‘They Came and They Stayed’: Settlement Patterns of the German-Queensland Communities
Unlike South Australia that had a large immigration episode in the mid 1800s from the Silesian province of Germany, the situation in Queensland is more complex in terms of immigration from the provinces of Germany and eventual settlement patterns.
The attached settlement map shows the extent of the massive German influx into southern Queensland in the mid-late 1800s and until the First World War, when German immigration came to a halt. Today the number of Queensland town named from this large influx is a legacy of the German diaspora into Queensland.
In simplistic terms, German immigration commenced with the settlement of the Gossner group missionaries at ‘German Station’ (Nundah) in the 1830s – soon after Queensland gained separation from New South Wales as a free colony, until the era just prior to World War I with the influx of assisted German migrants for the Apostolic Church of Queensland community ventures.
After the small settlement of missionary pastors and their families at Nundah (now a suburb of Brisbane), the next major phase of immigration and settlement was in the 1850s/1860s with the need for shepherds in the Darling Downs region of southern Queensland.
Large pastoral holdings were being established and assisted passages were provided to many folk – the chance for a shepherding position for 2-3 years with an established wage. This enabled many immigrants work, ‘learn the country’ and then set themselves up with their own (small) property. German labour was well regarded and the possibility of an assisted passage to Queensland was looked upon favourably.
Many hundreds of Germans partook of this opportunity, and with the associated need for skilled tradesmen, large regional centres, such as Toowoomba, were centres of this ‘second phase’ of German settlement. Many labourers and shepherds brought their families.
The first really concentrated German group settlement occurred between August 1863 and January 1864 when 23 families from the Uckermark region (northeastern Germany) established a village/farming enclave at Bethania on blocks relinquished by English cotton-growers. This Logan settlement became a focus for a continued stream of later German migration which spread into the regions immediatelt surrounding the south of Brisbane – Beenleigh, Eagleby (previously called Philadelphia), Mt Cotton, Carbrook, Gramzow, Steigltiz and Pimpama districts.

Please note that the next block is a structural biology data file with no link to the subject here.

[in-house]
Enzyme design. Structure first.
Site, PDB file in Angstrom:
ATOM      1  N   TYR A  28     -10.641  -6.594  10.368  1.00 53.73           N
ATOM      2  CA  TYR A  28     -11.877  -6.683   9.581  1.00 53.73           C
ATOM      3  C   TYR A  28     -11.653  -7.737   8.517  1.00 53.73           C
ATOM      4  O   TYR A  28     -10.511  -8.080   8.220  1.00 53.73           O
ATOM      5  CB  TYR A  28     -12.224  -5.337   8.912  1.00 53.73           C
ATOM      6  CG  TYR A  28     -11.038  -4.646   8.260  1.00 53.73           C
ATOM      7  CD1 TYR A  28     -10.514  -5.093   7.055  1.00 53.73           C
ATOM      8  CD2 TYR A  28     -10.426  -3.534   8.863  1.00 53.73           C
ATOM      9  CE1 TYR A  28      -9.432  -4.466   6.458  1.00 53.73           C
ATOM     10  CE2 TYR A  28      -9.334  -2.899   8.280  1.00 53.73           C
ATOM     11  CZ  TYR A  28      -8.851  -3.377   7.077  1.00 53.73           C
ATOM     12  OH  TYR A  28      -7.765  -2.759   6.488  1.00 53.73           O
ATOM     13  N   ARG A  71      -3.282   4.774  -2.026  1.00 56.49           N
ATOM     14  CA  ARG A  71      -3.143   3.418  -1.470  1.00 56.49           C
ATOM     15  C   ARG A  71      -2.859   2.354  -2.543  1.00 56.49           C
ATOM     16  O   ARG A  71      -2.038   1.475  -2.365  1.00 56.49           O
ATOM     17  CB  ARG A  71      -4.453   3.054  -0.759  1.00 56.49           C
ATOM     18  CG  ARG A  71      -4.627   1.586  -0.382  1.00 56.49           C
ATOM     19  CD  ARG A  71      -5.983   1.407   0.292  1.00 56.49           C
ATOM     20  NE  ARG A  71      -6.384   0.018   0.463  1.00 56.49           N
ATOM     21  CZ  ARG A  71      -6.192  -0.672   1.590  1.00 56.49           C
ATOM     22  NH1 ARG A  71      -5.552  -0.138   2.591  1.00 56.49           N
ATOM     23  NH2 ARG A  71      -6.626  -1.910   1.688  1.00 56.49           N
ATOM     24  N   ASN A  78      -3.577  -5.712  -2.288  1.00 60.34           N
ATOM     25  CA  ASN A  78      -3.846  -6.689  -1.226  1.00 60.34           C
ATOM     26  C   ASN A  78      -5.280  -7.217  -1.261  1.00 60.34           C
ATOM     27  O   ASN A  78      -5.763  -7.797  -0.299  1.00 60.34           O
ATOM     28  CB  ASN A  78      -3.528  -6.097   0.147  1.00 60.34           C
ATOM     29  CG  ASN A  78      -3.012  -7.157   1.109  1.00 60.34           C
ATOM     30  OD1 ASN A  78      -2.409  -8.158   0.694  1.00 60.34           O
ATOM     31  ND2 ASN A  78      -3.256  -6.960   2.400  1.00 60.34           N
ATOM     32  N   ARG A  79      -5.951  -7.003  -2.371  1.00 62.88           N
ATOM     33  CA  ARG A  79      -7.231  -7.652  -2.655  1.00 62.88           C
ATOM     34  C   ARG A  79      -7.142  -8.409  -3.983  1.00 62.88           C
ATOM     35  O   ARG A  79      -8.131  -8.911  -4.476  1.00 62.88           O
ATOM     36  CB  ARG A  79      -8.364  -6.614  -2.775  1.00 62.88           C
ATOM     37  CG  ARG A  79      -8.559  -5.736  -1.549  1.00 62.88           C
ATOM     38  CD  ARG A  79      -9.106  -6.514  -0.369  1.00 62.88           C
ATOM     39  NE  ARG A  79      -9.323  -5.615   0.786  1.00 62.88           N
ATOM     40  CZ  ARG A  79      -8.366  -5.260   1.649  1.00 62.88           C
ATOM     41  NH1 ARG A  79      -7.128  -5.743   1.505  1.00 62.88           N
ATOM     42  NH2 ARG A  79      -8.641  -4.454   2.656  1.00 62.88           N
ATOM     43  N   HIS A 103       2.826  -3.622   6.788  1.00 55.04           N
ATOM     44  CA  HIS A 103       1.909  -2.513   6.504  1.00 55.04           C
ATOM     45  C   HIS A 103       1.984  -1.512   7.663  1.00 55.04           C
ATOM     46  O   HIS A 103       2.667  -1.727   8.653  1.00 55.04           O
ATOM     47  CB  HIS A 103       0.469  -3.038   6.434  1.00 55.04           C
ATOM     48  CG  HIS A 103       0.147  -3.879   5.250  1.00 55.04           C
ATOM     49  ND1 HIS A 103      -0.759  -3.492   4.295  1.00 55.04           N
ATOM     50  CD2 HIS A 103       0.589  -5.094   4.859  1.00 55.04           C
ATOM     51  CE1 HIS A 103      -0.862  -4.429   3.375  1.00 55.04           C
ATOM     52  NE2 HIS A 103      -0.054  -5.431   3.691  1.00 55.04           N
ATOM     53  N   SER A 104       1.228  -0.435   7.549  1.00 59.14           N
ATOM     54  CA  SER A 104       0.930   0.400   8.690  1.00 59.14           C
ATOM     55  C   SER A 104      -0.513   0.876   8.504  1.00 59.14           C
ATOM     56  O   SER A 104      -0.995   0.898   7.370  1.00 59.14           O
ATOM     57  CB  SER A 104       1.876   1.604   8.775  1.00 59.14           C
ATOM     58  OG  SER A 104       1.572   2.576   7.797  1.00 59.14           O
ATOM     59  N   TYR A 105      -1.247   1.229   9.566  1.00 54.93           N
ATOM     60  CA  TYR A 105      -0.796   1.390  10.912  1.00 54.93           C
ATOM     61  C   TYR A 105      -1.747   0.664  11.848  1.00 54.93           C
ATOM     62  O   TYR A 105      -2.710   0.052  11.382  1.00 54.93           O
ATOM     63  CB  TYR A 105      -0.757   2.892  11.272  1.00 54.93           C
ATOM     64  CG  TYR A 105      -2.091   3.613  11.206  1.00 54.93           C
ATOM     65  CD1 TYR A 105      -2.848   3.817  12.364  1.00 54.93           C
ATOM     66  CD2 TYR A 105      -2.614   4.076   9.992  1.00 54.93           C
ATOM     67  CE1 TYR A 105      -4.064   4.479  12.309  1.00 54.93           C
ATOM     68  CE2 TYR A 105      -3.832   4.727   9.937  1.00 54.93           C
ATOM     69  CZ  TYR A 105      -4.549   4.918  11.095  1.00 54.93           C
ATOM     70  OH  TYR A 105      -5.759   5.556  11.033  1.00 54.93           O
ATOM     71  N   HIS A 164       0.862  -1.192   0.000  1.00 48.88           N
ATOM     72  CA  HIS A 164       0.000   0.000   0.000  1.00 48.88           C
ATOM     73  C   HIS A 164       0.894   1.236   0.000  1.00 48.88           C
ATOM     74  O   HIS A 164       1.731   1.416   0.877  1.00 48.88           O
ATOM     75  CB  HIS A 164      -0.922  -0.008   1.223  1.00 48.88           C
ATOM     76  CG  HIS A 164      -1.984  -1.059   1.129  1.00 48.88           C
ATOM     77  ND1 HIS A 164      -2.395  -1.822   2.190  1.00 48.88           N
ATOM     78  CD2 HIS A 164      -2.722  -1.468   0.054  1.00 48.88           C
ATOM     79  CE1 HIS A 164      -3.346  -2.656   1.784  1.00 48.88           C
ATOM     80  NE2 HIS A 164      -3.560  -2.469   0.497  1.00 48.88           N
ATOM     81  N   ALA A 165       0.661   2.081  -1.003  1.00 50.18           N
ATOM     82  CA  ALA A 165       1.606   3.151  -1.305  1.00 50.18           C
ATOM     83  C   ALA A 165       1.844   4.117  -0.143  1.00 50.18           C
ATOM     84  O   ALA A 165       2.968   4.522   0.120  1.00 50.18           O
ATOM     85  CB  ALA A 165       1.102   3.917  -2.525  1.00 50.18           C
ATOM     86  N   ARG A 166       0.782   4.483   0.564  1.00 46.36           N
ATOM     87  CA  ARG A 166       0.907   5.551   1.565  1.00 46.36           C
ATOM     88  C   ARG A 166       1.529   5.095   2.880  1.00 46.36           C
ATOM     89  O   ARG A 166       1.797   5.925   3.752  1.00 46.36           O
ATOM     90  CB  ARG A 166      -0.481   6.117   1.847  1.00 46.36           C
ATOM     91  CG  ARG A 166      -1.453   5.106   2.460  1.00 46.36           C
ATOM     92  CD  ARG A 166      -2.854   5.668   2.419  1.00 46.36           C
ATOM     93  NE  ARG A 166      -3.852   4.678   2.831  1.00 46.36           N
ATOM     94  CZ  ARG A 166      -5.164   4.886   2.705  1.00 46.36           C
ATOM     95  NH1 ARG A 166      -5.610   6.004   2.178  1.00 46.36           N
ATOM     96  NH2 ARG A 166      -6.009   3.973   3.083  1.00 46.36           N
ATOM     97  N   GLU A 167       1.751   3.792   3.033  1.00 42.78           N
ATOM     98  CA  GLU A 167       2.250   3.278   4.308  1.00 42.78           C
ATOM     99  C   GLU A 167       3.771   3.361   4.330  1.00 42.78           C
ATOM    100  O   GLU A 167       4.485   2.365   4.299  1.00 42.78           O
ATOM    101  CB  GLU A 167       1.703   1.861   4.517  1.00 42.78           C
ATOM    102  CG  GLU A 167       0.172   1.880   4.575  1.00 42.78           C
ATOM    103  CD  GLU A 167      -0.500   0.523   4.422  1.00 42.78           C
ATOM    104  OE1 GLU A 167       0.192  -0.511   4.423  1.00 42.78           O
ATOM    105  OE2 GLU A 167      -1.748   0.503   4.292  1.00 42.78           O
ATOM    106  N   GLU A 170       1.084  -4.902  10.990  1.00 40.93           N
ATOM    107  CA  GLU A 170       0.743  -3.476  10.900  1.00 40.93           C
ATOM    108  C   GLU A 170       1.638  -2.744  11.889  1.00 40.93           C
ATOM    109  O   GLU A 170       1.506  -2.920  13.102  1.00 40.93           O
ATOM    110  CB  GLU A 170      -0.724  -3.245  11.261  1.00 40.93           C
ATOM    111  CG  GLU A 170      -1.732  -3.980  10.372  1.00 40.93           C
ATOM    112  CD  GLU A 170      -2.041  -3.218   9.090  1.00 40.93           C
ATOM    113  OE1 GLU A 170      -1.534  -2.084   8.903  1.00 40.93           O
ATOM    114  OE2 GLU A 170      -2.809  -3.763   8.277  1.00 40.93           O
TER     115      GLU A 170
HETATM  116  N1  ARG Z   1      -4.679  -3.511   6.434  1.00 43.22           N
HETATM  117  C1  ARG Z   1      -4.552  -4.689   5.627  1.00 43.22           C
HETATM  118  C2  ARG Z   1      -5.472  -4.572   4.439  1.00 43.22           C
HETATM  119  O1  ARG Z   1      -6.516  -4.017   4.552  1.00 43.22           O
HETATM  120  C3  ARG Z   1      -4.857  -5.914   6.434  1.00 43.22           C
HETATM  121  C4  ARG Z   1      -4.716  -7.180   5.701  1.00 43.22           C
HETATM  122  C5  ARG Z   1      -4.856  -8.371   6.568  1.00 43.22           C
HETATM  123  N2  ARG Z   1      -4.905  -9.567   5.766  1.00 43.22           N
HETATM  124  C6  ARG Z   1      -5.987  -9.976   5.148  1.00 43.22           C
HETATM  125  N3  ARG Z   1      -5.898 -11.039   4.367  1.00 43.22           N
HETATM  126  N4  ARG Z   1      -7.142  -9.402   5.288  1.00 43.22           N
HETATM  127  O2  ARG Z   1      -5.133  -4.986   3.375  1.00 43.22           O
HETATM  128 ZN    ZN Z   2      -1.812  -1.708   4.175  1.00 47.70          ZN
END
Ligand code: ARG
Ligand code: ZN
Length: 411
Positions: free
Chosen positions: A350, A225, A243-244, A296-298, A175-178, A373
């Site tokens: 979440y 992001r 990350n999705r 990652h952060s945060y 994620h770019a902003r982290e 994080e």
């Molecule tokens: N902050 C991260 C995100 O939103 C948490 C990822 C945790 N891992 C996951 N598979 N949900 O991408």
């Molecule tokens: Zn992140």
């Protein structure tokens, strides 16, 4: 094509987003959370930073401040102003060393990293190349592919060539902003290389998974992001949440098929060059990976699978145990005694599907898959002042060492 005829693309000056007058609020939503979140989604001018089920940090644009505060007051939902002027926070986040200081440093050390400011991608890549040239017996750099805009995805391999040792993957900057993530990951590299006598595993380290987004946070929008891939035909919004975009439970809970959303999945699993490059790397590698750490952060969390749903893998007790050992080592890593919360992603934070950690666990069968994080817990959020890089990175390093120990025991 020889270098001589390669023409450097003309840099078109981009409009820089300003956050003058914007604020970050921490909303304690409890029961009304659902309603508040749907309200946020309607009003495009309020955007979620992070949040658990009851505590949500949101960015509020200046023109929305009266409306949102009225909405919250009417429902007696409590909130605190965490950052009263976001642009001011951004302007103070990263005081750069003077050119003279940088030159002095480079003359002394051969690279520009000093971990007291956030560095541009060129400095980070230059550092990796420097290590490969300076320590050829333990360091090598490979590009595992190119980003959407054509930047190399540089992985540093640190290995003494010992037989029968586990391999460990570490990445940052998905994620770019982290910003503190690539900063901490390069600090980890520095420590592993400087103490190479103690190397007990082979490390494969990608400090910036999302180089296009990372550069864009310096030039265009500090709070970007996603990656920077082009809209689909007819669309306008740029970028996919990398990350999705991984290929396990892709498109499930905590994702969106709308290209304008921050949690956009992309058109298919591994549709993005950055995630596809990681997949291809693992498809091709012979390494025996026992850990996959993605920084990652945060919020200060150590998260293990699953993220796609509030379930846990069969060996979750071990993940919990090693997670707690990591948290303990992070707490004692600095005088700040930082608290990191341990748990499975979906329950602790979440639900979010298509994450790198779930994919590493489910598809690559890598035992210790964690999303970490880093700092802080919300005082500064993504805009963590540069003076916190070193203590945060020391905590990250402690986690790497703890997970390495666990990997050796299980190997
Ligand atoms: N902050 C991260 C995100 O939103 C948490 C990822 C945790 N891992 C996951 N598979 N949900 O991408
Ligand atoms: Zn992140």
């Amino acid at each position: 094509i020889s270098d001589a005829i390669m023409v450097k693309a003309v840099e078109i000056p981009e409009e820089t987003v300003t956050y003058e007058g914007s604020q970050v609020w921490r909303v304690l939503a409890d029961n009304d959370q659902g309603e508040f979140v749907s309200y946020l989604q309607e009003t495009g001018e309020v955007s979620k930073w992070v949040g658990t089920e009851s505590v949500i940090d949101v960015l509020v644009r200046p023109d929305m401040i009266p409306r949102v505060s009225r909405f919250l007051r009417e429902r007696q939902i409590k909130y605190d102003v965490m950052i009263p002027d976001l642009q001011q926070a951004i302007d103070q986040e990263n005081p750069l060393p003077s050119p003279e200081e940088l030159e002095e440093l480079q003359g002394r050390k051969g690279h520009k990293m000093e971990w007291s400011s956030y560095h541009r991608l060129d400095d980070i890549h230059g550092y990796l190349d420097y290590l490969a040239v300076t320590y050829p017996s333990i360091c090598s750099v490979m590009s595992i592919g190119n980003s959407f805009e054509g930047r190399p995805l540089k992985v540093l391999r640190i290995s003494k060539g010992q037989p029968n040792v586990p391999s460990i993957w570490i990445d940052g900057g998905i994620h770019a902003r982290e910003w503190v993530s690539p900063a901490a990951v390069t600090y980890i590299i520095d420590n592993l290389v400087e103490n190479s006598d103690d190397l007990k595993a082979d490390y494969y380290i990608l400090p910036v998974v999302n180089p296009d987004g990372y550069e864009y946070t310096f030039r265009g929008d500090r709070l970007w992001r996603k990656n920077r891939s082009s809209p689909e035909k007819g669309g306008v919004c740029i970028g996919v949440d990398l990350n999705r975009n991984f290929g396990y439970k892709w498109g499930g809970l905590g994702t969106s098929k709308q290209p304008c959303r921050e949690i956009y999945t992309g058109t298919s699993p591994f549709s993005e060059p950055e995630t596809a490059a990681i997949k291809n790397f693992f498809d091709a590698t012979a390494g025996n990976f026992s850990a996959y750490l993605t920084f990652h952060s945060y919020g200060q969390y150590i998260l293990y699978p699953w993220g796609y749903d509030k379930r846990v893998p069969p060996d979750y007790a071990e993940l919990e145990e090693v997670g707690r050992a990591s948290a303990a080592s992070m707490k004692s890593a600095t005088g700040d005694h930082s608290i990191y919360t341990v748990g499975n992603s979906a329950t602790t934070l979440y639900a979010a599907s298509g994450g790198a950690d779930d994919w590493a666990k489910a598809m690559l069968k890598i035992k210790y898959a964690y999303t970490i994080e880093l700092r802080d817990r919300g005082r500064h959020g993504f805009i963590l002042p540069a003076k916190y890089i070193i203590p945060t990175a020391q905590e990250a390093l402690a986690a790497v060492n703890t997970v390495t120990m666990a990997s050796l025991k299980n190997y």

To the north of Brisbane farming settlements were taken up in the 1880s in the Zillmere, Pinkenba (‘Germantown’) and Eagle farm suburbs – now taken up by the Brisbane Airport and suburban expansion.
The ‘third’ major phase of immigration was in association with the development of closer settlement and the intensive agricultural expansion in southern Queensland. In the period from the 1870s until as recently as 1910 many areas of southern Queensland were converted from virgin scrublands into a farming mosaic landscape.
Districts such as the Lockyer, Fassifern, Logan, Brisbane Valley, Darling Downs and the southern Burnett as well as the coastal districts of Southport, Maryborough and Bundaberg were earmarked for closer (farming) production and attracted large numbers of German pioneers intent on making a living from small cropping or mixed farming on their small 40 or 80 acre blocks.
For instance both the Lockyer and Fassifern districts were settled by hundreds of German pioneering families – forming close religious communities and many areas were exclusively pioneered and populated by German immigrants. Clearing of the scrubland vegetation was undertaken and the rich volcanic and alluvial soils were farmed intensively – supporting the many large families. For a generation the many families were viable but eventually the quest for extra farming land was a necessity – as many of the pioneers produced large families. Families with more than 10 children were commonplace – but the record stands with the Stephan family of the Fassifern district with 23 youngsters!